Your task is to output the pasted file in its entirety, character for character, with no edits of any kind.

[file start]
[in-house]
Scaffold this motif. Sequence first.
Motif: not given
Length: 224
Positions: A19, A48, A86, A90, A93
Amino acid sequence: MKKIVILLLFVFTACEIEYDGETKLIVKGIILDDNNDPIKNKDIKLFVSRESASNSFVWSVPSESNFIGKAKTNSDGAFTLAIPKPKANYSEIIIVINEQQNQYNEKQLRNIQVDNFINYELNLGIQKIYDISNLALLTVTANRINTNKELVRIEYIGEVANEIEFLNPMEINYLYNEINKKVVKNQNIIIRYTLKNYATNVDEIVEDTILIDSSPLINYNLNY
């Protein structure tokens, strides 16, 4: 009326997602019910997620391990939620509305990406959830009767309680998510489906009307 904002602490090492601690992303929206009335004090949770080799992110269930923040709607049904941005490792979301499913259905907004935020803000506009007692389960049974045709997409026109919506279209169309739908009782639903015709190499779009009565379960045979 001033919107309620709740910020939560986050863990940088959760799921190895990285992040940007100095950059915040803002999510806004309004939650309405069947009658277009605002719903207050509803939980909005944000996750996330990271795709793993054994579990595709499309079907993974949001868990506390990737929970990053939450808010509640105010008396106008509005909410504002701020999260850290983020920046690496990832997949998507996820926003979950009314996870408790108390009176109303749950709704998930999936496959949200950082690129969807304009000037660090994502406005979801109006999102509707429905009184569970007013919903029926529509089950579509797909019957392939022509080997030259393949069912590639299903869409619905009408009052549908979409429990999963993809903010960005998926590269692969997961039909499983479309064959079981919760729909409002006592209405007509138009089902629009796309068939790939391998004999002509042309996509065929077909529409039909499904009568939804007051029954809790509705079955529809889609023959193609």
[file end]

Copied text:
[in-house]
Scaffold this motif. Sequence first.
Motif: not given
Length: 224
Positions: A19, A48, A86, A90, A93
Amino acid sequence: MKKIVILLLFVFTACEIEYDGETKLIVKGIILDDNNDPIKNKDIKLFVSRESASNSFVWSVPSESNFIGKAKTNSDGAFTLAIPKPKANYSEIIIVINEQQNQYNEKQLRNIQVDNFINYELNLGIQKIYDISNLALLTVTANRINTNKELVRIEYIGEVANEIEFLNPMEINYLYNEINKKVVKNQNIIIRYTLKNYATNVDEIVEDTILIDSSPLINYNLNY
């Protein structure tokens, strides 16, 4: 009326997602019910997620391990939620509305990406959830009767309680998510489906009307 904002602490090492601690992303929206009335004090949770080799992110269930923040709607049904941005490792979301499913259905907004935020803000506009007692389960049974045709997409026109919506279209169309739908009782639903015709190499779009009565379960045979 001033919107309620709740910020939560986050863990940088959760799921190895990285992040940007100095950059915040803002999510806004309004939650309405069947009658277009605002719903207050509803939980909005944000996750996330990271795709793993054994579990595709499309079907993974949001868990506390990737929970990053939450808010509640105010008396106008509005909410504002701020999260850290983020920046690496990832997949998507996820926003979950009314996870408790108390009176109303749950709704998930999936496959949200950082690129969807304009000037660090994502406005979801109006999102509707429905009184569970007013919903029926529509089950579509797909019957392939022509080997030259393949069912590639299903869409619905009408009052549908979409429990999963993809903010960005998926590269692969997961039909499983479309064959079981919760729909409002006592209405007509138009089902629009796309068939790939391998004999002509042309996509065929077909529409039909499904009568939804007051029954809790509705079955529809889609023959193609």